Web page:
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Mh370 Search Area is Consistent with Research Findings

UWA Expert Says Mh370 Search Area is Consistent with Research Findings

Scientists at The University of Western Australia say there is a consistency between the current search area at Reunion Island and where debris from missing Malaysian Airlines flight MH370 could have drifted to, based on their research.

Professor of Coastal Oceanography Charitha Pattiaratchi and UWA scientists compiled computer modelling maps 12 months ago and further refined these in the past 24 hours.

The maps show the possible location of the suspected crash site of MH370 and the potential drift patterns of the debris based on ocean currents and a range of other factors.

Professor Pattiaratchi said the major currents in the southern Indian Ocean transport water from east to west across the ocean.

“The computer predictions indicated that it would take between 12 and 18 months for the debris to travel from the current search area in the south-east Indian Ocean to Reunion Island,” he said.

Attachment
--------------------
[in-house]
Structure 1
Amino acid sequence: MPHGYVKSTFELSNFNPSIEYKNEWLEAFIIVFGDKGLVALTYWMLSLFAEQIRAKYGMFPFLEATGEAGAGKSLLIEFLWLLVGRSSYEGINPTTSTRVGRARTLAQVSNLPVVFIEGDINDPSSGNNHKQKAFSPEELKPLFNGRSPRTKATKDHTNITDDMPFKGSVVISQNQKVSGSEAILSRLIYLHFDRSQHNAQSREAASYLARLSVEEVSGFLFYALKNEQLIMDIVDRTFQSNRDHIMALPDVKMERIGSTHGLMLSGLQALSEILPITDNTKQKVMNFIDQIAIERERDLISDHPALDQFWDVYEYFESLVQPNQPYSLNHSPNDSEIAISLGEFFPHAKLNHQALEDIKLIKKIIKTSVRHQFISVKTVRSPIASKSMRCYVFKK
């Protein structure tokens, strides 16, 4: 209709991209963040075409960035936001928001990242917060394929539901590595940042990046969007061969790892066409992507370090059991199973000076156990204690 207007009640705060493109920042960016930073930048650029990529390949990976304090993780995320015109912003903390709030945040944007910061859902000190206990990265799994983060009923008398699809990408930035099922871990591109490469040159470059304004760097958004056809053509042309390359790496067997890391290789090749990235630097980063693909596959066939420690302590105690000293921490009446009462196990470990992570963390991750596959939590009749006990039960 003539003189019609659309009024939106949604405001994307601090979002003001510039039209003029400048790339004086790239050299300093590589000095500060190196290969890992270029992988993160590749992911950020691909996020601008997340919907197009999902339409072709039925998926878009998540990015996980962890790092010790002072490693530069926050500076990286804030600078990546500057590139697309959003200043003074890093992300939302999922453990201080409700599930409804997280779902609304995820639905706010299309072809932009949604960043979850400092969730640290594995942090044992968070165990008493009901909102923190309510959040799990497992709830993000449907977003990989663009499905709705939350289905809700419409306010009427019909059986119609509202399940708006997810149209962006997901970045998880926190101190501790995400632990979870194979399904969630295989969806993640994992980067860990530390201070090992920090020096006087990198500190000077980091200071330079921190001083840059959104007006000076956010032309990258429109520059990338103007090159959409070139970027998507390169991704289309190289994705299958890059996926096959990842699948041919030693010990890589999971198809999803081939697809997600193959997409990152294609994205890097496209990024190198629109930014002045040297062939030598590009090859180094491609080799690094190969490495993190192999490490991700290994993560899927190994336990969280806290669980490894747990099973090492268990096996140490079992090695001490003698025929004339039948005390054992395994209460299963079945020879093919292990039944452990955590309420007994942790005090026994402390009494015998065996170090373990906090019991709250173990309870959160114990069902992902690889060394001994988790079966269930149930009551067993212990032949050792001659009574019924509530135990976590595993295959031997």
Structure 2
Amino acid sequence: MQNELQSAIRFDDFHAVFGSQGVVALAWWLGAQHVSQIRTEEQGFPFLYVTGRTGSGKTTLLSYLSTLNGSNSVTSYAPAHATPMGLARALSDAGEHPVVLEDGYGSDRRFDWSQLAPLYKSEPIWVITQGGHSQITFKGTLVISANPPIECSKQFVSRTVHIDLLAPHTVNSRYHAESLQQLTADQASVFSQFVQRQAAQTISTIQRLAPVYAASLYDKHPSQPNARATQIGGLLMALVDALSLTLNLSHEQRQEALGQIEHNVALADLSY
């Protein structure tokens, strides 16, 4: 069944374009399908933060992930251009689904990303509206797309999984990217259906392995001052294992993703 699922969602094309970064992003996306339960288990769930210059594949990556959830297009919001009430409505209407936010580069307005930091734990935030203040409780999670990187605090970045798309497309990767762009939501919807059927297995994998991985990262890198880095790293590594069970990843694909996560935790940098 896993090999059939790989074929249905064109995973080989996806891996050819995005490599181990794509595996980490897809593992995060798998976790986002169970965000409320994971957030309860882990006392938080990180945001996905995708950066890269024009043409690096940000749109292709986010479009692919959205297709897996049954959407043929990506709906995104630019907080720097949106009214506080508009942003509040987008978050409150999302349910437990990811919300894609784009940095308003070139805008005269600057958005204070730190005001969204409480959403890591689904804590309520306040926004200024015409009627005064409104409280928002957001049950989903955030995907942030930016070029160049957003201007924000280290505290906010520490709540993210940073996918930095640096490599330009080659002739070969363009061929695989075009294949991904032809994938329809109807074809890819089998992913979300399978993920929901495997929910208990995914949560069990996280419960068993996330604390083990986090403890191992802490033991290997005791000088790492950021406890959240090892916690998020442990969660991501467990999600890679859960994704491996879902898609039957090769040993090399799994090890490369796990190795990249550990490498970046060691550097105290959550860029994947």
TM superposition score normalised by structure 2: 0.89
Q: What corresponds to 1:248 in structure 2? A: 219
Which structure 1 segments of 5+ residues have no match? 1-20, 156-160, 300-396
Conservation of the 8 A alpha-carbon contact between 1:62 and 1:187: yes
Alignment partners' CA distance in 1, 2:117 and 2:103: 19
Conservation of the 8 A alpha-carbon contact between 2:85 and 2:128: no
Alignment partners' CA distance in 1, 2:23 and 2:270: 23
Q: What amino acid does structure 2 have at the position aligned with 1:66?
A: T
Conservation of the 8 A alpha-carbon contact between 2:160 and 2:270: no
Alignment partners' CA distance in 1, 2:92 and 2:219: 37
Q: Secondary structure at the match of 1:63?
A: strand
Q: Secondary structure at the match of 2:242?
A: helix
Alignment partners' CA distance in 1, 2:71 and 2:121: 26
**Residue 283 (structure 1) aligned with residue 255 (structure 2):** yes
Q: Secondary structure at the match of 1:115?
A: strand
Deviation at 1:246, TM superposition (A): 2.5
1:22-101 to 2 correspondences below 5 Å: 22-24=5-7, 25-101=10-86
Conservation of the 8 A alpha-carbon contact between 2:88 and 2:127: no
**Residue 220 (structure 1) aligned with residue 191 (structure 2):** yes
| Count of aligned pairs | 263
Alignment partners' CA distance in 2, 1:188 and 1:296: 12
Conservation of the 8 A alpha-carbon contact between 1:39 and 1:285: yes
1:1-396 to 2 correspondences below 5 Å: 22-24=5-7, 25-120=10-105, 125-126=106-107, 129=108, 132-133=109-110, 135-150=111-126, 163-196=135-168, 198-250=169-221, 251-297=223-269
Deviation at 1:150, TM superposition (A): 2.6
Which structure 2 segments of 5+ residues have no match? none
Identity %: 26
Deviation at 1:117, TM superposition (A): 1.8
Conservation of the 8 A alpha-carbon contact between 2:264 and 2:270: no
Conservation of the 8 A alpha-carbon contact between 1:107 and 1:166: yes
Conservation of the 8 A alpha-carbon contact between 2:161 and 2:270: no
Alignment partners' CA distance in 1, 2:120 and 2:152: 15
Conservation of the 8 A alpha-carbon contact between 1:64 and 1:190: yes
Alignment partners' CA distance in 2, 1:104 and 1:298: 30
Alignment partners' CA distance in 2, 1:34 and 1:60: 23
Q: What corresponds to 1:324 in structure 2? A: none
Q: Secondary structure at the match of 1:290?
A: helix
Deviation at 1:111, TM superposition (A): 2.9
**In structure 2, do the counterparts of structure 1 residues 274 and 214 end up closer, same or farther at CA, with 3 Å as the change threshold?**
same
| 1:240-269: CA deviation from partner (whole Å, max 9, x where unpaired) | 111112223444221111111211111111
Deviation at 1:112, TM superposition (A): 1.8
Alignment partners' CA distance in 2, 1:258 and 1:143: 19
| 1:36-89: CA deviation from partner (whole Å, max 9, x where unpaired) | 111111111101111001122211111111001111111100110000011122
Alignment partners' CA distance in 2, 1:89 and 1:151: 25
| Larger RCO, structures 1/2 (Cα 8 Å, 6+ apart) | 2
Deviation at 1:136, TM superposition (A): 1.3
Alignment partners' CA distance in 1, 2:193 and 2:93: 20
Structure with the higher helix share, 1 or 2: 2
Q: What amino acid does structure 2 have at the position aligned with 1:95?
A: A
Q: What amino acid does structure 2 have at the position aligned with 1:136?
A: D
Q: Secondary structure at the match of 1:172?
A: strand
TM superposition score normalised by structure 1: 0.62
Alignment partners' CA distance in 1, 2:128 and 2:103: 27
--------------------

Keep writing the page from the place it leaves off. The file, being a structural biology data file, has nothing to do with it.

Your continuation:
He said there was a possibility that more debris could wash up in the region around Reunion Island as well as Madagascar in the coming weeks.

“There is also a possibility that debris may be washed ashore on the coast of Western Australia.” he said.

“One piece of debris washing up on the same beach isn’t going to help us, what we would really like to have is a variety of locations - that will give us a much better chance of finding out what happened to the missing flight.

“The models which calculate the currents take all the data that we have into consideration to compile results, based on the laws of physics.

“If the debris found is confirmed to be part of missing Malaysian Airlines flight MH370, this will be consistent with the computer modelling we have been working on at UWA,” he said.

Professor Pattiaratchi said that if more debris was found in different regions of the Indian Ocean, through reverse computer modelling it would be possible to reduce the area of uncertainty in the search area.

“Having found this piece of debris does not change the process the investigators are going through, however it’s another step in the hopeful situation that we will ultimately know what happened to the missing aircraft,” he said.


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